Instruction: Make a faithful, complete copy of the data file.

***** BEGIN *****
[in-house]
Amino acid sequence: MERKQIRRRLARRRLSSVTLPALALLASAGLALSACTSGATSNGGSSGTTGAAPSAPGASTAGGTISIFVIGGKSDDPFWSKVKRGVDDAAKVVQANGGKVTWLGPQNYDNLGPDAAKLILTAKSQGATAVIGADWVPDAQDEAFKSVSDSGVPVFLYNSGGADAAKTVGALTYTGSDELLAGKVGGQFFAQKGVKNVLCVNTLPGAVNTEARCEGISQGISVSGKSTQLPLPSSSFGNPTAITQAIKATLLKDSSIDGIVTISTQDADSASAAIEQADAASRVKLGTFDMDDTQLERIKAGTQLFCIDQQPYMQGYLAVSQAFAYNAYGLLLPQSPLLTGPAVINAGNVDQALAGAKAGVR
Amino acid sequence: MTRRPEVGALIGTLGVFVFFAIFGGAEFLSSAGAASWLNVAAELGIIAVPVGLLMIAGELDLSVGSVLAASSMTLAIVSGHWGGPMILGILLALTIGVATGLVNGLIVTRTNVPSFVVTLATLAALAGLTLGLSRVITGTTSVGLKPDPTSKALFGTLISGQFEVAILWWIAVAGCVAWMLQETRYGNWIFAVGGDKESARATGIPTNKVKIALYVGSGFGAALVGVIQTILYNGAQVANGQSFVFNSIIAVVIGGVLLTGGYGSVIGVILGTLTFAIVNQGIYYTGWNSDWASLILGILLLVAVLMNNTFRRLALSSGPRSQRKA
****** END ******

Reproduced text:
[in-house]
Amino acid sequence: MERKQIRRRLARRRLSSVTLPALALLASAGLALSACTSGATSNGGSSGTTGAAPSAPGASTAGGTISIFVIGGKSDDPFWSKVKRGVDDAAKVVQANGGKVTWLGPQNYDNLGPDAAKLILTAKSQGATAVIGADWVPDAQDEAFKSVSDSGVPVFLYNSGGADAAKTVGALTYTGSDELLAGKVGGQFFAQKGVKNVLCVNTLPGAVNTEARCEGISQGISVSGKSTQLPLPSSSFGNPTAITQAIKATLLKDSSIDGIVTISTQDADSASAAIEQADAASRVKLGTFDMDDTQLERIKAGTQLFCIDQQPYMQGYLAVSQAFAYNAYGLLLPQSPLLTGPAVINAGNVDQALAGAKAGVR
Amino acid sequence: MTRRPEVGALIGTLGVFVFFAIFGGAEFLSSAGAASWLNVAAELGIIAVPVGLLMIAGELDLSVGSVLAASSMTLAIVSGHWGGPMILGILLALTIGVATGLVNGLIVTRTNVPSFVVTLATLAALAGLTLGLSRVITGTTSVGLKPDPTSKALFGTLISGQFEVAILWWIAVAGCVAWMLQETRYGNWIFAVGGDKESARATGIPTNKVKIALYVGSGFGAALVGVIQTILYNGAQVANGQSFVFNSIIAVVIGGVLLTGGYGSVIGVILGTLTFAIVNQGIYYTGWNSDWASLILGILLLVAVLMNNTFRRLALSSGPRSQRKA